speaking of 50 cents

KBR workers in Iraq paid 50 cents an hour
By Pamela Hess Dec 2, 2005, 15:25 GMT


WASHINGTON, DC, United States (UPI) -- While the United States spends billions on troop support in Iraq, the people serving the meals, scooping the ice cream, and washing the dishes make as little as 50 cents an hour.

The U.S. military has paid Halliburton subsidiary KBR about $12 billion so far for so-called logistics support to U.S. military personnel in Iraq, the largest contract of its kind ever. Around 80,000 troops are served meals at dining facilities every day under the contract -- the other 60,000 or so fend for themselves in field kitchens or by eating military issue 'Meals Ready to Eat.'

KBR in turn hires that work out entirely to subcontractors whose job it is to recruit, transport, house, feed and pay 'third-country' nationals to stock, prepare, serve and clean up at the dining facilities at 43 bases across Iraq.

Those workers are recruited from countries with already low wages, where jobs are scarce. And as pressure to keep the logistics contract cost down has increased, subcontractors have moved from country to country in search of cheaper labor markets.

That is what brought around 770 workers from Sierra Leone, Africa, to Iraq in July to work for ESS Support Services Worldwide, A British-based food service company specializing, according to its Web site, in 'remote site, defense and off-shore locations.'

Most of the workers are deemed unskilled and work seven days a week for 12 hours a day, according to their contracts, one of which was obtained by United Press International. In practice, workers said in interviews, most only work six days a week.

There is no provision for sick leave. Any employee who threatens a strike or attempts to organize is subject to immediate dismissal and the employee required to pay for his return plane ticket.

For this they are paid $150 a month, roughly 45 cents an hour.

Salaries are deposited in bank accounts in Africa so the money is available to the workers` families.


and that's if they were getting paid at all

from may 2004:


COCHIN, India -- Four Indians said yesterday they were held against their will by U.S. troops in Iraq to do menial work in an Army camp([search]) amid insurgent attacks.

The U.S. Embassy said it was investigating the report.

Aliyarkunj Faisal, Abdul Aziz Shahjehan, Haniffa Mansool and Hameed Abdul Hafiz said they signed up in August with a recruiting agency to work for a caterer in Kuwait.

When they reached the Kuwait airport, a U.S. soldier ordered them to board a bus that took them to a base near the northern Iraqi city of Mosul, they said.

"There were some 20 Indians in the bus. Once we knew that we were inside Iraq, we protested," Faisal said. "But the Americans told us that they had paid a Kuwait agency $1,000 for each man and therefore it was a must that we work for them."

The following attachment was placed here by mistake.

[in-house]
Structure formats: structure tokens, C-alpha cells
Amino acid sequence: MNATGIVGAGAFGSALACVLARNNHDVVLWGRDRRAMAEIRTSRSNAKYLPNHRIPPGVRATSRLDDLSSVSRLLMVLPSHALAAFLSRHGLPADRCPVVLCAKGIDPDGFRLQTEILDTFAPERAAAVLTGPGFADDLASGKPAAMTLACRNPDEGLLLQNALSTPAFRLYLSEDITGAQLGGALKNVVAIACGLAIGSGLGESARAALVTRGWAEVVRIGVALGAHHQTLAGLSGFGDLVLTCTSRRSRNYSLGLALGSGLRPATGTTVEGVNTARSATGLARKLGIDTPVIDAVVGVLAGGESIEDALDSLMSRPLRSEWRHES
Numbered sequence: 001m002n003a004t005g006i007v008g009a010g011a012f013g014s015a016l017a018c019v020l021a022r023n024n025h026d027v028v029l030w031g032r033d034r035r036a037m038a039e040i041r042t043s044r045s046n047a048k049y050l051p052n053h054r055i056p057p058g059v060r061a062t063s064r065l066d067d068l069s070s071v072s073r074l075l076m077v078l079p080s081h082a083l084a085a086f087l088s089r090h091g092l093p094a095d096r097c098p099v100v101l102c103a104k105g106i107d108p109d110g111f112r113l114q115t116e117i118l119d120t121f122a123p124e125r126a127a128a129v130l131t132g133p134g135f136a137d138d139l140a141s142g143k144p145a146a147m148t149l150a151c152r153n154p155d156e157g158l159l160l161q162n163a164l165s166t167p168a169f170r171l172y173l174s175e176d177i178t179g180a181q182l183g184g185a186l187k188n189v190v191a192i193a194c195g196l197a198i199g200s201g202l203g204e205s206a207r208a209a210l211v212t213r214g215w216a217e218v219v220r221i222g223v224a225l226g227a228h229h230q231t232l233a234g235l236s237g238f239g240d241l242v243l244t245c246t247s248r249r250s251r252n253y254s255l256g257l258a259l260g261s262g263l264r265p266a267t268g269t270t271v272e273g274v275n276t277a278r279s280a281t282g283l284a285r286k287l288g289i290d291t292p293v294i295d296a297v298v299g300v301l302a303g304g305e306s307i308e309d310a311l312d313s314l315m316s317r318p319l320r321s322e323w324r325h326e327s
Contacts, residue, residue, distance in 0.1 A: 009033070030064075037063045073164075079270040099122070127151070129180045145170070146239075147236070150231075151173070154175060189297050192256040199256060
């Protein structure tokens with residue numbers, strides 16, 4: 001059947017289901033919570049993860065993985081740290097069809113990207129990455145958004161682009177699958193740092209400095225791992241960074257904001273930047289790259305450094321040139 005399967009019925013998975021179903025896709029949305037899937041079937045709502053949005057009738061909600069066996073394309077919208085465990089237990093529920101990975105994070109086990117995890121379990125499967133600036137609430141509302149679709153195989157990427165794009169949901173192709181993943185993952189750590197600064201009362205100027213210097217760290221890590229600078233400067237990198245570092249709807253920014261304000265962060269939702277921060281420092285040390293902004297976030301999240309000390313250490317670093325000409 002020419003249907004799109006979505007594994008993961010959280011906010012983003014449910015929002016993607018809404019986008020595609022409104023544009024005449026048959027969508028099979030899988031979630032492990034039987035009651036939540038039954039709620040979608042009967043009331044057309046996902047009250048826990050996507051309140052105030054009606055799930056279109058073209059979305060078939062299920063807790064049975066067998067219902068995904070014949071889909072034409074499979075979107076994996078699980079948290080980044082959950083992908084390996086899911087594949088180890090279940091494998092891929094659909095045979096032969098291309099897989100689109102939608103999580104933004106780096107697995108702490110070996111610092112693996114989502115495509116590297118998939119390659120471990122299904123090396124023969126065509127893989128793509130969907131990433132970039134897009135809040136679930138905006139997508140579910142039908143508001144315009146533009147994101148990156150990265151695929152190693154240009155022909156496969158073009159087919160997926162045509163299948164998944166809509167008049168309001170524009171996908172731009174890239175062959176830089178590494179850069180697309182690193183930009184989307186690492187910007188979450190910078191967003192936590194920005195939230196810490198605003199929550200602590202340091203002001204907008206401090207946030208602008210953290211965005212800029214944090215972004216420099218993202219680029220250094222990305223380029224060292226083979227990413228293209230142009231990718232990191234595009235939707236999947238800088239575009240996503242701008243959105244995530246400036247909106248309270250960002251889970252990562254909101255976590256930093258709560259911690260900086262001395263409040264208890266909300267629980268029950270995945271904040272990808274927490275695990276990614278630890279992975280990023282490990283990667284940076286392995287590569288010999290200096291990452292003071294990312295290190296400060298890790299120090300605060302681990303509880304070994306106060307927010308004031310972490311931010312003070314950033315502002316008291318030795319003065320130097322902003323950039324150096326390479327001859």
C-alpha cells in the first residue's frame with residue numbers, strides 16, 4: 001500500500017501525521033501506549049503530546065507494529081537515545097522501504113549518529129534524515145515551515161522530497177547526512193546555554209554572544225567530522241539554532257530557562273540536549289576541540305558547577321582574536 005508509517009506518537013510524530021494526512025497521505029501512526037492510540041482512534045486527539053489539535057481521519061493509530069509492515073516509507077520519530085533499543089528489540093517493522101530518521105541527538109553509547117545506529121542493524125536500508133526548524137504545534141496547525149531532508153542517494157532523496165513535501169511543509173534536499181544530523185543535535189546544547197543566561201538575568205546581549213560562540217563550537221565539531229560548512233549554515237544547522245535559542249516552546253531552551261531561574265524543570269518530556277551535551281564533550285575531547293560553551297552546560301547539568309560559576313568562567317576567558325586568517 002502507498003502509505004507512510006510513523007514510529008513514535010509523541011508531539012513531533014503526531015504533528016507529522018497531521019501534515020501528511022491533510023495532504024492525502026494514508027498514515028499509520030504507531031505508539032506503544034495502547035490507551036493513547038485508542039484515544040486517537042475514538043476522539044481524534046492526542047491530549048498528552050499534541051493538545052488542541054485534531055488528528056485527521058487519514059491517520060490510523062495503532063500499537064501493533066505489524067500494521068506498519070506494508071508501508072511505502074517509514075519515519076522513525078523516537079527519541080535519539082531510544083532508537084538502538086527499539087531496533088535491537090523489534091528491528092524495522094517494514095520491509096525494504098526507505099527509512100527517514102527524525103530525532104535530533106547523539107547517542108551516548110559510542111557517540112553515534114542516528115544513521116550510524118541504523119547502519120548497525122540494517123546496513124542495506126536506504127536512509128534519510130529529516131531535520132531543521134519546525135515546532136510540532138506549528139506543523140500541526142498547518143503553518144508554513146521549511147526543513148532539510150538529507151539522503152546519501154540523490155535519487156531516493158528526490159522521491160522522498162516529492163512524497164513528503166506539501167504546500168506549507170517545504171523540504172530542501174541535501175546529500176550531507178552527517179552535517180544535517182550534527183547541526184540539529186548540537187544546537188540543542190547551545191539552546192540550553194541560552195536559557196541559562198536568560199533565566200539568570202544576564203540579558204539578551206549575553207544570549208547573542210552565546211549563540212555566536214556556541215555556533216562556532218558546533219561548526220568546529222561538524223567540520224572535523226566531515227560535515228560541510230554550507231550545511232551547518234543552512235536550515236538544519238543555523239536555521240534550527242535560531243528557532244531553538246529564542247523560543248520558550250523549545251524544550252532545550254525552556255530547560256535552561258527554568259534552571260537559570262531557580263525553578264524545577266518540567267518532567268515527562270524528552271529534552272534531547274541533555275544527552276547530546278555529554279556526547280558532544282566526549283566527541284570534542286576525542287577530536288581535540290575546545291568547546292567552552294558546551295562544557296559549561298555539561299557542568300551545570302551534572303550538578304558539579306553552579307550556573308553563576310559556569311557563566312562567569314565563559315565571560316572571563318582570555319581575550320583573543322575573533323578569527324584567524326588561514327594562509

around that same period

Iraq Kurds Say They Were Shortchanged on Massive U.S. Cash Drop

An Iraqi Kurd who served on the U.S.-appointed Governing Council said that airlifting $1.4 billion in cash to Irbil was an attempt to win the silence of Kurdish leaders after the Coalition Provisional Authority had squandered the rest of the money.


IRBIL, Iraq — The $100 bills were all new. They came wrapped in plastic and loaded on wooden pallets. Altogether, the money weighed 15 tons, enough to fill three U.S. military helicopters. It totaled $1.4 billion.

In a little-known operation during the final days of the U.S.-run Coalition Provisional Authority, American military helicopters flew the shipment of cash to Irbil, Iraqi Kurdistan's largest city.

U.S. troops were waiting on the ground at the airport to unload the money and take it under heavy guard to the headquarters of the province's central bank in the city's core.

The cash payment, which was approved by outgoing U.S. administrator L. Paul Bremer III, was delivered on June 23, 2004, five days before he returned sovereignty to a new Iraqi government in Baghdad and left the country. The money, which came out of prewar oil revenue, was given to top officials with Iraq's two Kurdish provincial governments.

"For us it was so strange," said Rashid Taher, director of finance in Irbil province. "We received it as cash at the airport. Paul Bremer delivered it to us, and we still have the money."

Kurdistan officials say the secret, last-minute shipment highlighted the sometimes-questionable handling of billions of dollars by the United States during the 14 months Bremer ran Iraq.

They say the cash was only part of the $4 billion the region was owed under the United Nations oil-for-food program. And they contend that Bremer improperly used Kurdistan's remaining $2.6-billion share of the U.N. fund for other purposes during his administration of Iraq.

Mahmoud Othman, an Iraqi Kurd who served on the U.S.-appointed Governing Council during the Bremer era, charged that airlifting $1.4 billion in cash to Irbil was an attempt to win the silence of Kurdish leaders after Bremer had squandered the rest of the money. Othman has called for an investigation into the handling of the funds.

"He did this, which is not normal, because he himself had made a mess," said Othman, who serves in the transitional Iraqi National Assembly.

"He had spent part of the $4 billion, and he had to do this to keep their mouths shut about it."

Efforts to reach Bremer, who has said little in public since leaving Iraq, were unsuccessful.


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An inglorious peace is better than a dishonorable war.
-- Mark Twain
Source: "Glances at History" (suppressed)

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